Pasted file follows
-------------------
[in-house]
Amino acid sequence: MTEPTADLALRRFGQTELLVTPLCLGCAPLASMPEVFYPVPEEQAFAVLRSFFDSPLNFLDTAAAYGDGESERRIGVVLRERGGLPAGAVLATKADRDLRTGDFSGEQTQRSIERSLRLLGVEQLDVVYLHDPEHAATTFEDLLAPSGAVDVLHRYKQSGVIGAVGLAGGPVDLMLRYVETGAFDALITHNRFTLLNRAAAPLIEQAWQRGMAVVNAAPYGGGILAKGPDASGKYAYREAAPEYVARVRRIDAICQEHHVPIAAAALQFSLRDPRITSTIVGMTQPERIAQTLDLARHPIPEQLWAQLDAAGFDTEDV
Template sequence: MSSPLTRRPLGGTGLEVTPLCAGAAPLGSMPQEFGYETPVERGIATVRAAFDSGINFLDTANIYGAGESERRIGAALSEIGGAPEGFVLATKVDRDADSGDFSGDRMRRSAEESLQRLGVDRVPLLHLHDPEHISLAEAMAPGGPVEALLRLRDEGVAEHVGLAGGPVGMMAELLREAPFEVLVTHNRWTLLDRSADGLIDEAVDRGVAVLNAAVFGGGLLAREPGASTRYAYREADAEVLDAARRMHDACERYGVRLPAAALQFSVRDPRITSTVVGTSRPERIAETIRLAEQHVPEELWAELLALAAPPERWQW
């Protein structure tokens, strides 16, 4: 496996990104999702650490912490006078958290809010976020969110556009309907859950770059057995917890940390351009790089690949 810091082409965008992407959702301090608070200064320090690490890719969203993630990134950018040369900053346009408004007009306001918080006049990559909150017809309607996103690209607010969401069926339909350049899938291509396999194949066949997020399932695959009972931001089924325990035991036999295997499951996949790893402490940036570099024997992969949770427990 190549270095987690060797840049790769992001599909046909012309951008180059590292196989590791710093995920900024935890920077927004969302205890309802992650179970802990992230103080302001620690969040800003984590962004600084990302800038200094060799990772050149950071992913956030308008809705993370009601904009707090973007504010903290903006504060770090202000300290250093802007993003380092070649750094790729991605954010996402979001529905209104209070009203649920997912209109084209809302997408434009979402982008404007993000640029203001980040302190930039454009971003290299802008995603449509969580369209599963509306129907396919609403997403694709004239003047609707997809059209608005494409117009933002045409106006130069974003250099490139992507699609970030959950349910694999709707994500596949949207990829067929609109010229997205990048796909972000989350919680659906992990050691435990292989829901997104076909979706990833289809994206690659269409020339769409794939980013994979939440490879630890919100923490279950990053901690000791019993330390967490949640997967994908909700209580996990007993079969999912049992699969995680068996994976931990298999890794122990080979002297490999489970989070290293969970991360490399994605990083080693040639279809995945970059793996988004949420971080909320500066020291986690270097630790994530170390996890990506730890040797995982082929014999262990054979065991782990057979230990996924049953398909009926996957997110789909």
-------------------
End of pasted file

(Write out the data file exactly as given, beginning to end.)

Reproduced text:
[in-house]
Amino acid sequence: MTEPTADLALRRFGQTELLVTPLCLGCAPLASMPEVFYPVPEEQAFAVLRSFFDSPLNFLDTAAAYGDGESERRIGVVLRERGGLPAGAVLATKADRDLRTGDFSGEQTQRSIERSLRLLGVEQLDVVYLHDPEHAATTFEDLLAPSGAVDVLHRYKQSGVIGAVGLAGGPVDLMLRYVETGAFDALITHNRFTLLNRAAAPLIEQAWQRGMAVVNAAPYGGGILAKGPDASGKYAYREAAPEYVARVRRIDAICQEHHVPIAAAALQFSLRDPRITSTIVGMTQPERIAQTLDLARHPIPEQLWAQLDAAGFDTEDV
Template sequence: MSSPLTRRPLGGTGLEVTPLCAGAAPLGSMPQEFGYETPVERGIATVRAAFDSGINFLDTANIYGAGESERRIGAALSEIGGAPEGFVLATKVDRDADSGDFSGDRMRRSAEESLQRLGVDRVPLLHLHDPEHISLAEAMAPGGPVEALLRLRDEGVAEHVGLAGGPVGMMAELLREAPFEVLVTHNRWTLLDRSADGLIDEAVDRGVAVLNAAVFGGGLLAREPGASTRYAYREADAEVLDAARRMHDACERYGVRLPAAALQFSVRDPRITSTVVGTSRPERIAETIRLAEQHVPEELWAELLALAAPPERWQW
């Protein structure tokens, strides 16, 4: 496996990104999702650490912490006078958290809010976020969110556009309907859950770059057995917890940390351009790089690949 810091082409965008992407959702301090608070200064320090690490890719969203993630990134950018040369900053346009408004007009306001918080006049990559909150017809309607996103690209607010969401069926339909350049899938291509396999194949066949997020399932695959009972931001089924325990035991036999295997499951996949790893402490940036570099024997992969949770427990 190549270095987690060797840049790769992001599909046909012309951008180059590292196989590791710093995920900024935890920077927004969302205890309802992650179970802990992230103080302001620690969040800003984590962004600084990302800038200094060799990772050149950071992913956030308008809705993370009601904009707090973007504010903290903006504060770090202000300290250093802007993003380092070649750094790729991605954010996402979001529905209104209070009203649920997912209109084209809302997408434009979402982008404007993000640029203001980040302190930039454009971003290299802008995603449509969580369209599963509306129907396919609403997403694709004239003047609707997809059209608005494409117009933002045409106006130069974003250099490139992507699609970030959950349910694999709707994500596949949207990829067929609109010229997205990048796909972000989350919680659906992990050691435990292989829901997104076909979706990833289809994206690659269409020339769409794939980013994979939440490879630890919100923490279950990053901690000791019993330390967490949640997967994908909700209580996990007993079969999912049992699969995680068996994976931990298999890794122990080979002297490999489970989070290293969970991360490399994605990083080693040639279809995945970059793996988004949420971080909320500066020291986690270097630790994530170390996890990506730890040797995982082929014999262990054979065991782990057979230990996924049953398909009926996957997110789909």